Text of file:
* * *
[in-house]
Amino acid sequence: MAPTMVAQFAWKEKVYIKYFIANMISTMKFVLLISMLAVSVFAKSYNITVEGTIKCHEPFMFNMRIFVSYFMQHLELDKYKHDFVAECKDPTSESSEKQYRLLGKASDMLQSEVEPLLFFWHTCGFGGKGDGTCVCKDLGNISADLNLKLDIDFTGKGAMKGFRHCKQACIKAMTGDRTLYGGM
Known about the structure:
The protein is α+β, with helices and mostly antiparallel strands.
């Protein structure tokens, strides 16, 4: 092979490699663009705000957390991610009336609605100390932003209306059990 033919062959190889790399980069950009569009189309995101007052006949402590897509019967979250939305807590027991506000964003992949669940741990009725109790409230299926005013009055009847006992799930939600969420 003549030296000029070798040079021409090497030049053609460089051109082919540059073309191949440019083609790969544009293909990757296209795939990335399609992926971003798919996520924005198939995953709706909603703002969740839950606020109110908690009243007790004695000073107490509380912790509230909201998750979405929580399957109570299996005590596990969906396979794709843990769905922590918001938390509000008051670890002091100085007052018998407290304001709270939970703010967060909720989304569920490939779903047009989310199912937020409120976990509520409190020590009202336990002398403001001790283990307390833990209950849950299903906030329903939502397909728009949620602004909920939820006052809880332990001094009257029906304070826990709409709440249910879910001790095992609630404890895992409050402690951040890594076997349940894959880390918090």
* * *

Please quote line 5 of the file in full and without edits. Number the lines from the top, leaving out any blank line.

């Protein structure tokens, strides 16, 4: 092979490699663009705000957390991610009336609605100390932003209306059990 033919062959190889790399980069950009569009189309995101007052006949402590897509019967979250939305807590027991506000964003992949669940741990009725109790409230299926005013009055009847006992799930939600969420 003549030296000029070798040079021409090497030049053609460089051109082919540059073309191949440019083609790969544009293909990757296209795939990335399609992926971003798919996520924005198939995953709706909603703002969740839950606020109110908690009243007790004695000073107490509380912790509230909201998750979405929580399957109570299996005590596990969906396979794709843990769905922590918001938390509000008051670890002091100085007052018998407290304001709270939970703010967060909720989304569920490939779903047009989310199912937020409120976990509520409190020590009202336990002398403001001790283990307390833990209950849950299903906030329903939502397909728009949620602004909920939820006052809880332990001094009257029906304070826990709409709440249910879910001790095992609630404890895992409050402690951040890594076997349940894959880390918090």